|This article relies largely or entirely upon a single source. (September 2011)|
|Seal of Edmund|
|Successor||Thomas, 2nd Earl|
|Spouse||Lady Aveline de Forz
m. 1269; dec. 1273
Blanche of Artois
m. 1276; wid. 1296
|Thomas, 2nd Earl of Lancaster
Henry, 3rd Earl of Lancaster
John, Lord of Beaufort
|House||House of Plantagenet|
|Father||Henry III of Winchester, King of England|
|Mother||Eleanor of Provence|
16 January 1245|
|Died||5 June 1296
Bayonne, Duchy of Aquitaine
|Burial||15 July 1296
Westminster Abbey, London
Edmund Plantagenet, 1st Earl of Lancaster and Leicester (16 January 1245 – 5 June 1296), known by the epithet Crouchback, alias Edmund of Lancaster, was the second surviving son of King Henry III of England and Eleanor of Provence. In his childhood he had a claim on the Kingdom of Sicily. His nickname "Crouchback" (meaning "Crossback") refers to his participation in the Ninth Crusade indicating that he was entitled to wear a cross stitched into the back of his garments.
Edmund was born in London, being named Edmund of London. He was a younger brother of Edward I of England, Margaret of England, and Beatrice of England, and an older brother of Katherine of England.
In 1253 he was invested by Pope Innocent IV as the ruler of the Kingdom of Sicily and Apulia. At about this time he was also made Earl of Chester. These were of little value as Conrad IV of Germany, the real King of Sicily, was still living and the Earldom of Chester was transferred to his elder brother Edward.
Edmund soon obtained, however, important possessions and dignities, for soon after the forfeiture of Simon de Montfort, 6th Earl of Leicester in 1265, Edmund received the Earldom of Leicester and of Lancaster and also the honour of the Stewardship of England and the lands of Nicolas de Segrave. In 1267 he was granted the lordship of Builth Wells in opposition to the then holder, Llywelyn ap Gruffydd (the last prince of an independent Wales). To help him conquer the land he was also granted his elder brother's lordships of the Trilateral of Skenfrith, Grosmont and White Castle together with Monmouth. In 1267 he was High Sheriff of Lancashire.
In 1271 he accompanied his elder brother Edward on the Ninth Crusade to Palestine. Some historians, including the authors of the Encyclopædia Britannica article on him, state that it was because of this that he received the nickname Crouchback (which means "cross back") indicating that he was entitled to wear a cross stitched into the back of his garments.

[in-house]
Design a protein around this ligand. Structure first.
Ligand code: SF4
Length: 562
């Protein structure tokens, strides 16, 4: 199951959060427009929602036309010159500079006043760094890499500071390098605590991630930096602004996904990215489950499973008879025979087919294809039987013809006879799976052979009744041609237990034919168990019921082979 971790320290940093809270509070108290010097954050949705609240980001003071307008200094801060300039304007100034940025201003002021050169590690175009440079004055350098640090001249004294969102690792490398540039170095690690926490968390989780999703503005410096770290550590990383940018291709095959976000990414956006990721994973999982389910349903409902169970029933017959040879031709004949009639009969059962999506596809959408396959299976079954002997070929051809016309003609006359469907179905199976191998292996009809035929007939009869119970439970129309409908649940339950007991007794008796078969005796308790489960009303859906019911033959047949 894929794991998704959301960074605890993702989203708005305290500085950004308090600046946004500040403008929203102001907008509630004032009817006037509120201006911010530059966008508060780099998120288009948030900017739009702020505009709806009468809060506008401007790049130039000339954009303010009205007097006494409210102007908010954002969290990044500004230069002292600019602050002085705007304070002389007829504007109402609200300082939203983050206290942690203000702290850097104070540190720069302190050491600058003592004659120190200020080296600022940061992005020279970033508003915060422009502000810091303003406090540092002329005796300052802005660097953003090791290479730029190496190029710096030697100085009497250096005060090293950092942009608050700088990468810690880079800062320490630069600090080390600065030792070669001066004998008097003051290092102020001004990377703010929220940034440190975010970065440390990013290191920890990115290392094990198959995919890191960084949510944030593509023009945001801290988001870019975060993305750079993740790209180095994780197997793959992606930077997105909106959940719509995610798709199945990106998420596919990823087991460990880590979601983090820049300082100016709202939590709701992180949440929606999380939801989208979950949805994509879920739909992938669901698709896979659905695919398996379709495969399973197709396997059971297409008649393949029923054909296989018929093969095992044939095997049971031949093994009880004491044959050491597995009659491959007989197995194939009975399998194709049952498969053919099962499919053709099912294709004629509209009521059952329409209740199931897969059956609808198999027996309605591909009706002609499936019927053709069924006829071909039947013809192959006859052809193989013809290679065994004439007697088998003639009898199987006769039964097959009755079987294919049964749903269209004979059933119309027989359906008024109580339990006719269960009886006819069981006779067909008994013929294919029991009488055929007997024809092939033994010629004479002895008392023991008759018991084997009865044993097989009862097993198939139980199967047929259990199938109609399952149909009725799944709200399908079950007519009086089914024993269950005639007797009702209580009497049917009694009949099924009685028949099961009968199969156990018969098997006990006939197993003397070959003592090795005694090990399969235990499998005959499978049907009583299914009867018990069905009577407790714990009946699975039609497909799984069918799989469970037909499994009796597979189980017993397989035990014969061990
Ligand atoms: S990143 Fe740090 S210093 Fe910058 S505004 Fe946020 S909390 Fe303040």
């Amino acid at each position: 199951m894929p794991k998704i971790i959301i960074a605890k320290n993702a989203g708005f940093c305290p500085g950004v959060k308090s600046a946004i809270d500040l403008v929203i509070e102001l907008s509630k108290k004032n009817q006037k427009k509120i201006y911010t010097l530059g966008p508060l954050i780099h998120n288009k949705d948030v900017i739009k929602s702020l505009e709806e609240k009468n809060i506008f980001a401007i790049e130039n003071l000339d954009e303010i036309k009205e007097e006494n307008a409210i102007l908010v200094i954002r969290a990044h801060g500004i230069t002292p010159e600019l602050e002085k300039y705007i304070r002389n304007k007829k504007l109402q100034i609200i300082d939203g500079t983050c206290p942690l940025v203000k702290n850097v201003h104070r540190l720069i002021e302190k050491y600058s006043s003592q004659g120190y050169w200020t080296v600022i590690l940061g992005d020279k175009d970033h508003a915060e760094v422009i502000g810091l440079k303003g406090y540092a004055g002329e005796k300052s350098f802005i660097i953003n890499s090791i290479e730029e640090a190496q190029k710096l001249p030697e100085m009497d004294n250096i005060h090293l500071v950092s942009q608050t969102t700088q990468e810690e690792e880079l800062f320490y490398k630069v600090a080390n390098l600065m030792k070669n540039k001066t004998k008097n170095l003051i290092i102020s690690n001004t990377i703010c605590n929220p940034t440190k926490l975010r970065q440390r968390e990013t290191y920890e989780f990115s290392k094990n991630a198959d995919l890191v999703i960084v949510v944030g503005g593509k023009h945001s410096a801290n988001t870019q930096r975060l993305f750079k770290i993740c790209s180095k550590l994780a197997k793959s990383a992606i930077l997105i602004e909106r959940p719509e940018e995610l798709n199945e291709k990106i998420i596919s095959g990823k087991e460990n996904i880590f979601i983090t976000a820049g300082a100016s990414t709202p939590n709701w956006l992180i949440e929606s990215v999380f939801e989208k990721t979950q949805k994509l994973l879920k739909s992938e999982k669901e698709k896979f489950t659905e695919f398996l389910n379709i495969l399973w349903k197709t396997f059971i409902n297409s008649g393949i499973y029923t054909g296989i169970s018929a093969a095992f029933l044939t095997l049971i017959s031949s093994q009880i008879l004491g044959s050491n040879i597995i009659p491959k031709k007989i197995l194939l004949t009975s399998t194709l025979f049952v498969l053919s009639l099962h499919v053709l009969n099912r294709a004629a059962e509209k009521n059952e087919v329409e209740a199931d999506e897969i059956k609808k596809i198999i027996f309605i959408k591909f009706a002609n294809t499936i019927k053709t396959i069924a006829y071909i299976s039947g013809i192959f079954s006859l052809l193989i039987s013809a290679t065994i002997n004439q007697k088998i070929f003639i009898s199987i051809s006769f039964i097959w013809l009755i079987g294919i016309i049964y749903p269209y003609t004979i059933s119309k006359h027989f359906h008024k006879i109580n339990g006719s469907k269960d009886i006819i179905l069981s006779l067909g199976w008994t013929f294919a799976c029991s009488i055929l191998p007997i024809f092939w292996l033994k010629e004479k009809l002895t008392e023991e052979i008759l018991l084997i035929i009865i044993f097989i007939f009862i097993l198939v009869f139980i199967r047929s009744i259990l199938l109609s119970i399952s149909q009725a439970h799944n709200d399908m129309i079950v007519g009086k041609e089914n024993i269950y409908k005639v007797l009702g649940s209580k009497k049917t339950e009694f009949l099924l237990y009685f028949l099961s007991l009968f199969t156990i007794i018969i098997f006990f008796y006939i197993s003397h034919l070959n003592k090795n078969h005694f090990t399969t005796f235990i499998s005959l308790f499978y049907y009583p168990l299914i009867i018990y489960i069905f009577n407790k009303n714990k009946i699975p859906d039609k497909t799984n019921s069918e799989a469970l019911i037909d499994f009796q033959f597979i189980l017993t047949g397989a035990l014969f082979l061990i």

On his return from the Crusade he seems to have made Grosmont Castle his favoured home and undertook much rebuilding there. His son Henry, 3rd Earl of Lancaster was apparently born there in 1281. He died while besieging Bordeaux for his brother on 5 June 1296 in Bayonne, and was interred on 15 July 1296 at Westminster Abbey, London.
Edmund married (1st) 8 April 1269 to Aveline de Forz, the daughter of William de Forz, 4th Earl of Albemarle and Isabella de Fortibus, Countess of Devon. She died just 4 years after the marriage, at the age of 15, and was buried at Westminster Abbey. The couple had no children, though some sources believe she may have died in childbirth or shortly after a miscarriage.
He married (2nd) in Paris, on 3 February 1276 to Blanche of Artois, widow of Enrique (or Henri) I, King of Navarre, Count of Champagne and Brie, and daughter of Robert I of Artois and Matilda of Brabant. With Blanche he had three children:
- Thomas, 2nd Earl of Lancaster, (born 1278, executed 22 March 1322)
- Henry, 3rd Earl of Lancaster (born 1281, died 22 September 1345)
- John of Lancaster, seigneur of Beaufort (present day Montmorency, Aube, arrond. d’Arcis-sur-Aube, canton de Chavanges) and Nogent-l’Artaud (Aisne, arrond. de Château-Thierry, canton de Charly), France. He married before July 1312 Alix de Joinville, widow of Jean d’Arcis, seigneur of Arcis-sur-Aube and Chacenay (died in or before 1307), and daughter of Jean de Joinville, seigneur de Joinville (Haute-Marne, arrond. Vassy, ch.-I. canton), Seneschal of Champagne, by his 2nd wife, Alix, daughter and heiress of Gautier, seigneur of Reynel. They had no issue. He died in France shortly before 13 June 1317. See Foundations 1(3) (2004): 198–199.
- Remfry, P.M., Grosmont Castle and the families of Fitz Osbern, Ballon, Fitz Count, Burgh, Braose and Plantagenet of Grosmont. SCS Publishing, Worchester, 2003 (ISBN 1-899376-56-9)
- Edmund Crouchback's Grave in Westminster Abbey
Humphrey de Bohun
|Lord Warden of the Cinque Ports
Henry de Sandwich
The Earl of Leicester
|Lord High Steward
The Earl of Leicester and Lancaster
|Peerage of England|
|Earl of Lancaster and Leicester||Succeeded by